Tips Look for SHB, they seem to be in every nuc supplied free of cost.:wink:
Make sure there is a supply of water for them to drink in a dish that is full of twigs, stones or corks that they can land on to take up the water, bees do drown. Cover the water with ‘floaties’ as they only need to drink and not have a bath. They also use the water to cool the inside of the hive.
A big welcome to the forum where you will find folks really happy to give good advise.
Regards Peter


hello from Albany, WA! just searching about this topic. Just put my FH super on for the first time and appears its starting to be used. following on from Sue’s question - where do you put the super when inspecting the brood box? i don’t want to put on the ground - a frame? just worried about squishing. doesn’t taking the super off increase chances of the queen sneaking into it?

Hi there, good question. I like to have extra equipment, and that helps me with this problem. I put a flat roof upside down on the ground, and then put a spare crown board/inner cover inside that to provide bee space. The super can then be rested on the crown board (slowly and gently) without squishing. You can also use a spare empty box to provide the empty space.

I like to use the flat roof upside down in case the queen is in the box I am removing. Yes, she can get above a queen excluder sometimes! :wink: With the roof in place on the ground, she doesn’t wander off into the grass before I notice…

Hope that helps.

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I haven’t put my supers on yet, but I was also trying to troubleshoot this exact problem. I have a bigger issue because I have limited, uneven ground to work on.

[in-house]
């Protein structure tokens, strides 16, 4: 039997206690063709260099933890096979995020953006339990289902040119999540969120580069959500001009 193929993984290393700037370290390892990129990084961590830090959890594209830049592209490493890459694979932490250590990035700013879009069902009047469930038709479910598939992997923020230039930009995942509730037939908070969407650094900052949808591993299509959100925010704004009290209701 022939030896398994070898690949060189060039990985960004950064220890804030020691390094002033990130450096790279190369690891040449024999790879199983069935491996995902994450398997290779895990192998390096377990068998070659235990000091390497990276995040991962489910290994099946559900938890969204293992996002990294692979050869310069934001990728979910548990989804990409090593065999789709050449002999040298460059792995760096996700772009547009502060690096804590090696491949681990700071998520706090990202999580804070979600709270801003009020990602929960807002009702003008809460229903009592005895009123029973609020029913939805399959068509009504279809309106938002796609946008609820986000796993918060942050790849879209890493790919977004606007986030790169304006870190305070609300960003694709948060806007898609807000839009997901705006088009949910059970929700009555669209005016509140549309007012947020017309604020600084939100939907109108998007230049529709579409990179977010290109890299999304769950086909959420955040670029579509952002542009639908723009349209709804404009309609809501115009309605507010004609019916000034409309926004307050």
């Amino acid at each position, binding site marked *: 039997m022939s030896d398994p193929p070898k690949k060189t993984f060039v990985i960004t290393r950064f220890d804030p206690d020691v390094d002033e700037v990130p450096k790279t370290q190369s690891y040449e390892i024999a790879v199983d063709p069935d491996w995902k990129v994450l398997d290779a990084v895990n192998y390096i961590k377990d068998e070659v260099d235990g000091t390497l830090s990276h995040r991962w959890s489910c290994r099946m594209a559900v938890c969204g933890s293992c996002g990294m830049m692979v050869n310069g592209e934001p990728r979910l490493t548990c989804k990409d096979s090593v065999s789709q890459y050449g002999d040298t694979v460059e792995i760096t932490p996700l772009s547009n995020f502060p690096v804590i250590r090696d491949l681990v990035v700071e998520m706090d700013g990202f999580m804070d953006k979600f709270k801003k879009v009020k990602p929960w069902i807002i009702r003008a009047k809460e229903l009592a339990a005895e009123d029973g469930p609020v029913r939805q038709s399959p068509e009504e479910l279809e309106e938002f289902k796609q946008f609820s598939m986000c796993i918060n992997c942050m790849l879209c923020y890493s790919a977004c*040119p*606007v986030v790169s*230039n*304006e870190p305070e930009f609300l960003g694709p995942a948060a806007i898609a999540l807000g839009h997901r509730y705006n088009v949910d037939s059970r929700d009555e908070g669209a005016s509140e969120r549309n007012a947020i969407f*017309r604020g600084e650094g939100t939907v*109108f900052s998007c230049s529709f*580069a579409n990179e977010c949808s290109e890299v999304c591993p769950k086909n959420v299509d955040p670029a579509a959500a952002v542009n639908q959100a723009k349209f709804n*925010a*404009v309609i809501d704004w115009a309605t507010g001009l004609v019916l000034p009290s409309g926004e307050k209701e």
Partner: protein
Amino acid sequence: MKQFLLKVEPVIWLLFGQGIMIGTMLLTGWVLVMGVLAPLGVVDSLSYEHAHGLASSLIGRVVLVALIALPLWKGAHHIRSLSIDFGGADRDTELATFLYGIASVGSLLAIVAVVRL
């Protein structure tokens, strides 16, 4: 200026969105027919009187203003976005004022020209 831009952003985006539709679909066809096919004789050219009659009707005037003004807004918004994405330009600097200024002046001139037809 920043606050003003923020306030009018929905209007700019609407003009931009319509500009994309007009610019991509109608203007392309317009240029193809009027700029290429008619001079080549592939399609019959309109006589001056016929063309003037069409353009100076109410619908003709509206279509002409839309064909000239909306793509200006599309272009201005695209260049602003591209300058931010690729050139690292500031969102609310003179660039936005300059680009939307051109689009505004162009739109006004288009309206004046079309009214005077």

I’ve seen people having a small table or stand where they can put the super or other equipment. I use the Flow standard issue roof (cute but I don’t like it), and it is not practical to put it upside down and use it as a stand I think.

It depends on your work area, but I think if you can make an a-frame or some sort of work surface like a table etc, it would be great. If it was me, if I had to put the super on a flat surface, I’ll have a couple strips of timbers, or cleats to rest it on, less chance of squishing bees.

I have a plastic milk crate and I think I will use that unless I come with a better idea.

Many thanks! I think I may knock up a frame that matches the dimensions of the super, grab an extra hive mat and pop on a table - best of both worlds.

I have a folding ladder I use:

Wood working saw horses, a frame, another super… use whatever you can find… you sound resourceful enough ;).

I’m changing my set up over Christmas so that I have a stand with enough space for 3 hives, but will only have 2 hives. Dad found this somewhere… we’ll modify it to suit our needs.


I use an empty bee box sitting on the ground placed next to a hive and place the super on it a bit diagonally so that there is less risk of bee deaths. It is always handy to have some spare bee boxes.

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i like that you don’t have to bend over. cool

I’m actually dropping the height. The current height of the super is much too high. I’ve had trouble lifting it off due to the weight. Fill a super with 21/25kg and experiment with various heights.

Good idea to drop the height. :+1: my first stand left the brood box at waist height which I thought was a great idea. Now I need a milk crate to inspect… I also had enough room for an extra hive but now use a blue barrel to sit boxes on…